Choo Zheng Xi/Editor-in-Chief

With contribution from Darren Boon

You would be justifiably confused attempting to make sense of the Organisation for Economic Co-operation and Development (OECD) progress report on tax havens that emerged from the G20 summit. Has Singapore been “blacklisted” as The Daily Telegraph claims, or is the Straits Times right in saying we are on a “greylist”?

The good news for the Singaporean government is that The Daily Telegraph is wrong. The bad news is that while this report buys Singapore time, many uncomfortable questions about our status as a tax haven remain unanswered.

The “blacklist” explained

The nature of international diplomacy is probably to blame for the confusion.

Negotiations on a “blacklist” were contentious because of China’s sensitivity about Hong Kong and Macau appearing on it, as well as disagreements over the criteria for inclusion on the list.

The resulting document was entitled a “Progress Report”, which had three categorizations of countries’ compliance with OECD tax standards:

1) Jurisdictions that have substantially implemented these standards

2) Jurisdictions who have committed to these standards but have not yet implemented them (38 countries including Singapore)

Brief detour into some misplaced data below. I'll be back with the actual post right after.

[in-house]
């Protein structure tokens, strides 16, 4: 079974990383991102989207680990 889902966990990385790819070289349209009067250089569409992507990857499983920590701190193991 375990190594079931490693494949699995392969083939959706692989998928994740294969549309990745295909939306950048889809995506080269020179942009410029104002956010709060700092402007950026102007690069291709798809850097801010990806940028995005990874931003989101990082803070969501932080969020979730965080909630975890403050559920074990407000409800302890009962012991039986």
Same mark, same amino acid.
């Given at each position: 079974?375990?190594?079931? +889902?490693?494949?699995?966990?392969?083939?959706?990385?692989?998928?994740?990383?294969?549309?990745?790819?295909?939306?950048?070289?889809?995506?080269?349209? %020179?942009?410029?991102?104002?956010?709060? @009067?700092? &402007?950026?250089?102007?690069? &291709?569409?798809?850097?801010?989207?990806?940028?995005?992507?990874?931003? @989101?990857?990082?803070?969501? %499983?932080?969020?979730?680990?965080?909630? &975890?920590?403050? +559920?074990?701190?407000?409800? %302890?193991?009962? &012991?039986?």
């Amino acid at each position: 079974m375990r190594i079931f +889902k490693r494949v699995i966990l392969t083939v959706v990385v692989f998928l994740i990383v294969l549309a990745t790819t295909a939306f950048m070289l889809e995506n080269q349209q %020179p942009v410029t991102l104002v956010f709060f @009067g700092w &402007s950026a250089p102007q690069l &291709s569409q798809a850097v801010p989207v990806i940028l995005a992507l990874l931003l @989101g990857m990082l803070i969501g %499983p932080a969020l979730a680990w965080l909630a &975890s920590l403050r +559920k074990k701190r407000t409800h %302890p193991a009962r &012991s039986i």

3) Jurisdictions that have not committed to the standards (4 countries)

Richard Murphy, a columnist with The Guardian, notes that this compromise involved “several shades of grey”.

This would be an apt characterization of the category Singapore finds itself in. While it’s clear that the third category of countries is in most danger of triggering sanctions, Singapore has promised to meet the OECD standard for the effective exchange of information through Avoidance of Double Taxation Agreements (DTAs).

Now comes the bad news: this might not be enough to guarantee Singapore isn’t labeled a tax haven in the future. Signing of the Standards on DTAs are a red herring, and are unlikely to keep Singapore off the OECD blacklist for long unless accompanied by serious efforts to cooperate with international requests for information on money laundering.

Singapore banking secrecy

The crux of OECD irritation at Singapore is that our banking secrecy laws might have become an obstacle to other governments seeking to retrieve information on their tax evaders laundering money in our jurisdiction.

In an email response to TOC, Valerie Schilling, a spokeswoman for the Financial Action Task Force, noted Singapore did not seem to be implementing its anti-money laundering laws effectively in practice, in relation to foreign money laundering:

“Sufficient attention is not being paid to pursuing cases involving foreign predicate offences (i.e. criminal offences that are committed abroad) where the proceeds are being laundered in Singapore. Consequently, there appears to be a low number of prosecutions and convictions for money laundering, given the level of money laundering risk and the size of Singapore’s financial sector”.